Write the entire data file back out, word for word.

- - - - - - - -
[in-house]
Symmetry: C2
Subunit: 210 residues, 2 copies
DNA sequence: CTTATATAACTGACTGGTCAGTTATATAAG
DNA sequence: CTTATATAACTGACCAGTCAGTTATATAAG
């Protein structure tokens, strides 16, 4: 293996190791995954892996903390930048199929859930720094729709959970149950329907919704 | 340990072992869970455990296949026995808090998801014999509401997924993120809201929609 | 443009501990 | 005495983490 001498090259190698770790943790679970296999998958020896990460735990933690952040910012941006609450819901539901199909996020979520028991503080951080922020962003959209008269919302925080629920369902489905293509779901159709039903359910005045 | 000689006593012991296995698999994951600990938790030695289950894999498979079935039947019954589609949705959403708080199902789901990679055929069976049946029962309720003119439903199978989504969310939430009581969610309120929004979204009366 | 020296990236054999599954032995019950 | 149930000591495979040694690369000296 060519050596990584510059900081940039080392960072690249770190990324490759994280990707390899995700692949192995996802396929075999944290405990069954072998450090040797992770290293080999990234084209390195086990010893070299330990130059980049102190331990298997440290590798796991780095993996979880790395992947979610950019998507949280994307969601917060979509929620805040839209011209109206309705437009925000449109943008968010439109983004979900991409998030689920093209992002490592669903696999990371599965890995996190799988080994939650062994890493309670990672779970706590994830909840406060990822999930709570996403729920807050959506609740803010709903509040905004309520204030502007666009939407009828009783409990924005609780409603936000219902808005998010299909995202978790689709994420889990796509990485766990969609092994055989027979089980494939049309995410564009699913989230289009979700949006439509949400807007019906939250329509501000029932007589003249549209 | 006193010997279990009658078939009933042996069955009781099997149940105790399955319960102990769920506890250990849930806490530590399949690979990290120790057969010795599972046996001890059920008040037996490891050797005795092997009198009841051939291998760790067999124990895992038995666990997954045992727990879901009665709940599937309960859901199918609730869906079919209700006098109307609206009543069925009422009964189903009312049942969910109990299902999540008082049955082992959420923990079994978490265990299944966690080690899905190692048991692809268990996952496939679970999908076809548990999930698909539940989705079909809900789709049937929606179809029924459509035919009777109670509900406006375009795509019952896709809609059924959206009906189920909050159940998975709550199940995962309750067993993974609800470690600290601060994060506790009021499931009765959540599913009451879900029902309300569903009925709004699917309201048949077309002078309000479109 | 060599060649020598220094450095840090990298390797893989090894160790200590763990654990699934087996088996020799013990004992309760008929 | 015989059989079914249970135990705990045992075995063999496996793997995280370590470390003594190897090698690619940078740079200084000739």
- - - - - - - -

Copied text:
[in-house]
Symmetry: C2
Subunit: 210 residues, 2 copies
DNA sequence: CTTATATAACTGACTGGTCAGTTATATAAG
DNA sequence: CTTATATAACTGACCAGTCAGTTATATAAG
């Protein structure tokens, strides 16, 4: 293996190791995954892996903390930048199929859930720094729709959970149950329907919704 | 340990072992869970455990296949026995808090998801014999509401997924993120809201929609 | 443009501990 | 005495983490 001498090259190698770790943790679970296999998958020896990460735990933690952040910012941006609450819901539901199909996020979520028991503080951080922020962003959209008269919302925080629920369902489905293509779901159709039903359910005045 | 000689006593012991296995698999994951600990938790030695289950894999498979079935039947019954589609949705959403708080199902789901990679055929069976049946029962309720003119439903199978989504969310939430009581969610309120929004979204009366 | 020296990236054999599954032995019950 | 149930000591495979040694690369000296 060519050596990584510059900081940039080392960072690249770190990324490759994280990707390899995700692949192995996802396929075999944290405990069954072998450090040797992770290293080999990234084209390195086990010893070299330990130059980049102190331990298997440290590798796991780095993996979880790395992947979610950019998507949280994307969601917060979509929620805040839209011209109206309705437009925000449109943008968010439109983004979900991409998030689920093209992002490592669903696999990371599965890995996190799988080994939650062994890493309670990672779970706590994830909840406060990822999930709570996403729920807050959506609740803010709903509040905004309520204030502007666009939407009828009783409990924005609780409603936000219902808005998010299909995202978790689709994420889990796509990485766990969609092994055989027979089980494939049309995410564009699913989230289009979700949006439509949400807007019906939250329509501000029932007589003249549209 | 006193010997279990009658078939009933042996069955009781099997149940105790399955319960102990769920506890250990849930806490530590399949690979990290120790057969010795599972046996001890059920008040037996490891050797005795092997009198009841051939291998760790067999124990895992038995666990997954045992727990879901009665709940599937309960859901199918609730869906079919209700006098109307609206009543069925009422009964189903009312049942969910109990299902999540008082049955082992959420923990079994978490265990299944966690080690899905190692048991692809268990996952496939679970999908076809548990999930698909539940989705079909809900789709049937929606179809029924459509035919009777109670509900406006375009795509019952896709809609059924959206009906189920909050159940998975709550199940995962309750067993993974609800470690600290601060994060506790009021499931009765959540599913009451879900029902309300569903009925709004699917309201048949077309002078309000479109 | 060599060649020598220094450095840090990298390797893989090894160790200590763990654990699934087996088996020799013990004992309760008929 | 015989059989079914249970135990705990045992075995063999496996793997995280370590470390003594190897090698690619940078740079200084000739």